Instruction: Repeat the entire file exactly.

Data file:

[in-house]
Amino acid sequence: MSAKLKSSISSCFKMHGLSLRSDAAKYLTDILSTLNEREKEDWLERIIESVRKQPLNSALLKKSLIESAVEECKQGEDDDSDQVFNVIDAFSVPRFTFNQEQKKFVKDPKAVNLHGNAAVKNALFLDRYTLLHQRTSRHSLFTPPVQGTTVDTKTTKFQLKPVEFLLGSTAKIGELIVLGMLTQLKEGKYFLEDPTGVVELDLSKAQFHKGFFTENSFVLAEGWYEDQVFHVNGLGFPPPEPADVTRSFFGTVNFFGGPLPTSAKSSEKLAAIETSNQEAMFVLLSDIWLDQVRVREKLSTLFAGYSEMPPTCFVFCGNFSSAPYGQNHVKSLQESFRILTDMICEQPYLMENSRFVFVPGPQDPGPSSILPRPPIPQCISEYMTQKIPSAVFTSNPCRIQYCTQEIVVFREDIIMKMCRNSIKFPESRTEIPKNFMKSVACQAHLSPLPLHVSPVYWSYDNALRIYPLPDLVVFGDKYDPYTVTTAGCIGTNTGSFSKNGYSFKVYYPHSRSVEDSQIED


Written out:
[in-house]
Amino acid sequence: MSAKLKSSISSCFKMHGLSLRSDAAKYLTDILSTLNEREKEDWLERIIESVRKQPLNSALLKKSLIESAVEECKQGEDDDSDQVFNVIDAFSVPRFTFNQEQKKFVKDPKAVNLHGNAAVKNALFLDRYTLLHQRTSRHSLFTPPVQGTTVDTKTTKFQLKPVEFLLGSTAKIGELIVLGMLTQLKEGKYFLEDPTGVVELDLSKAQFHKGFFTENSFVLAEGWYEDQVFHVNGLGFPPPEPADVTRSFFGTVNFFGGPLPTSAKSSEKLAAIETSNQEAMFVLLSDIWLDQVRVREKLSTLFAGYSEMPPTCFVFCGNFSSAPYGQNHVKSLQESFRILTDMICEQPYLMENSRFVFVPGPQDPGPSSILPRPPIPQCISEYMTQKIPSAVFTSNPCRIQYCTQEIVVFREDIIMKMCRNSIKFPESRTEIPKNFMKSVACQAHLSPLPLHVSPVYWSYDNALRIYPLPDLVVFGDKYDPYTVTTAGCIGTNTGSFSKNGYSFKVYYPHSRSVEDSQIED